The Mortuary Collection Returns to the Roots of Anthology Genre

Honestly, I am astounded that fright fans are so often forced to defend the anthology genre of horror, because, quite frankly, it is the perfect union of form and function. Vaulted first into America’s mainstream by the equal parts infamous and iconic E.C. Comics, then galvanized through the poignant irony of Rod Serling’s The Twilight Zone, and ultimately enshrined into our collective consciousness by HBO’s Tales From the Crypt, the horror anthology is every bit the survivor of cinema’s most heralded final girl.

What began as a Kickstarter back in 2014 by independent filmmaker Ryan Spindell has shambled onto Shudder as a snarky, tightly-written throwback that will delight us 80’s babies who long ago fostered a nocturnal magnetism with the likes of Creepshow, Tales from the Darkside, and Deadtime Stories.

The Mortuary Collection is based in the fictional, New England town of Raven’s End, a place that the viewer will learn, is home to a curious funeral parlor and its peculiar mortician, one Montgomery Dark, a man who knows the story of every soul that has passed through his funeral home. The imposing undertaker is played by the underappreciated Clancy Brown, most memorable to yours truly for his unsettling portrayal of Sheriff Gus Gilbert in 1992’s Pet Sematary Two.

With a grandfatherly disposition, albeit one contrasted against a cutting wit and knowing menace, Brown breathes life into moldy Montgomery through his understated genius as a character actor and serves as the grounding force throughout the film. Joined shortly by Sam, a young woman in search of employment who possesses her own flair for storytelling, the duo’s travels throughout the mortuary comprise the classic wrap-around portion of this horror anthology.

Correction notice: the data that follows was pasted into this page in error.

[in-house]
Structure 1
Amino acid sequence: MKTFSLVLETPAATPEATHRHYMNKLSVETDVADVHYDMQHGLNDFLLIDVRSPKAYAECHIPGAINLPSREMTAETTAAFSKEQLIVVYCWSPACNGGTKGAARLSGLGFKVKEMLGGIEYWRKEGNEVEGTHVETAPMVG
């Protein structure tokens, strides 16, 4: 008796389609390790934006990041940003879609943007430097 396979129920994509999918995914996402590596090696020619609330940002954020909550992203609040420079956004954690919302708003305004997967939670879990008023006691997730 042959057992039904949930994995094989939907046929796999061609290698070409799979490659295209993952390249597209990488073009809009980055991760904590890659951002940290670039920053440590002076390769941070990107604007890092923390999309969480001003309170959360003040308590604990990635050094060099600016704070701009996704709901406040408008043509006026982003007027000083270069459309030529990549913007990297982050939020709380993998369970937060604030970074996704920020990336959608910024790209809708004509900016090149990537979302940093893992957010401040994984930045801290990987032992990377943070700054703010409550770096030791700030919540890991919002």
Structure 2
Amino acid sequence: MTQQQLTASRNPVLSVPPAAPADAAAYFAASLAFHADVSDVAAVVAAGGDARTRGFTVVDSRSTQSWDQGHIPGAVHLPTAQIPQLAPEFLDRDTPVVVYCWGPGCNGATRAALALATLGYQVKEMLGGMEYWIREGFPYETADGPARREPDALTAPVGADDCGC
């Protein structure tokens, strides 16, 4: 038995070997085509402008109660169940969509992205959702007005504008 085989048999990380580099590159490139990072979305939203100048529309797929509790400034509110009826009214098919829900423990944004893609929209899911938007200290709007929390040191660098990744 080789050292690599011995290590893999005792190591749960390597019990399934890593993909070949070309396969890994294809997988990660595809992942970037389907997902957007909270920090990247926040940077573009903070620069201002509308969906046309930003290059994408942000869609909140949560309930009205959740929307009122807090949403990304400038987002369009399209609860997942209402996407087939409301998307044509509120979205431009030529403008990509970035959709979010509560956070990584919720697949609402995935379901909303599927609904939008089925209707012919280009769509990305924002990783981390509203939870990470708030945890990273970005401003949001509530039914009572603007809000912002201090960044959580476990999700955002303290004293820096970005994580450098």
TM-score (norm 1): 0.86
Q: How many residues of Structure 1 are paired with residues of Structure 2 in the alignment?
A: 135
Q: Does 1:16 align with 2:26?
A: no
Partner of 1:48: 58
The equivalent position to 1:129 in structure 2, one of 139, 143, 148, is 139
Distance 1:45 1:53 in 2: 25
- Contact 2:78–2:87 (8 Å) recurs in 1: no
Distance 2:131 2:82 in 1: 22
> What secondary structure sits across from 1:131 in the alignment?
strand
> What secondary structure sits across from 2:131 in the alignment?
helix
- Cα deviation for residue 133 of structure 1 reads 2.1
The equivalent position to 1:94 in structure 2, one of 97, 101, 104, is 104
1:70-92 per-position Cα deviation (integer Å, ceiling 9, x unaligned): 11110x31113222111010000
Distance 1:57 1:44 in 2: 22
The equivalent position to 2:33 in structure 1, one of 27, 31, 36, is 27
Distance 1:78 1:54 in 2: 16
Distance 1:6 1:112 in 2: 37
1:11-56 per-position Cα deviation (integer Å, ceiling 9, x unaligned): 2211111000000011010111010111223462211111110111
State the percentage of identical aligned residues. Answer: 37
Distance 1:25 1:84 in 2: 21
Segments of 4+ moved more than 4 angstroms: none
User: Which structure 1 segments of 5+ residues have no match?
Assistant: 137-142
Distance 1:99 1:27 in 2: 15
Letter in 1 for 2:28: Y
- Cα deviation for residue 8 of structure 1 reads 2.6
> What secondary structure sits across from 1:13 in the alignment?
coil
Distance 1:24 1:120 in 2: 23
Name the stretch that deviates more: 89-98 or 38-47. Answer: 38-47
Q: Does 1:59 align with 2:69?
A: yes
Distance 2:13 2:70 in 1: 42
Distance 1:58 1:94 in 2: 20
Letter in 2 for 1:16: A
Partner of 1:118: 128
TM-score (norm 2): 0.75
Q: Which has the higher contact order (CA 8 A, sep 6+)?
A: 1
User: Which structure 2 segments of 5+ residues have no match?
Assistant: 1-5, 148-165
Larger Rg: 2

The individual stories are enjoyable in their own right, each a fresh spin on some of the genre’s most tried-and-true yarns, the grave fun comes to a fitting climax with The Babysitter Murders, the original, foundational piece that spurred The Mortuary Collection into existence, it’s a tale concerned with a child murderer who has a taste for tender flesh and is known only as the Tooth Fairy Killer.

Throughout the narrative, the unlikely pair of Sam and Montgomery wax philosophic about the nature of storytelling, playfully nodding to the conventions of the horror genre while ever so respectfully winking at the audience from behind the proverbial fourth wall. Not unlike the carefully sutured wounds of a recent cadaver, the cinematography is sharply stitched and complimented by visual effects that elicit both shrieks of fear and bales of laughter. Indeed, the whole production is delivered with the patience and poise of a well-practiced eulogy, dusted, of course, with the signature twists that remain an indelible hallmark of the genre.

Inspired by the beloved beasts that populate the genre from yesteryear, The Mortuary Collection, like Trick r’ Treat more than a decade ago, will prove to be the latest triumph of the anthology genre over Hollywood naysayers. In doing so, it not only delivers a welcome dose of nostalgia to legions of horror fanatics, but also fills the hearts of those fans and aspiring filmmakers alike with a much needed injection of hope.

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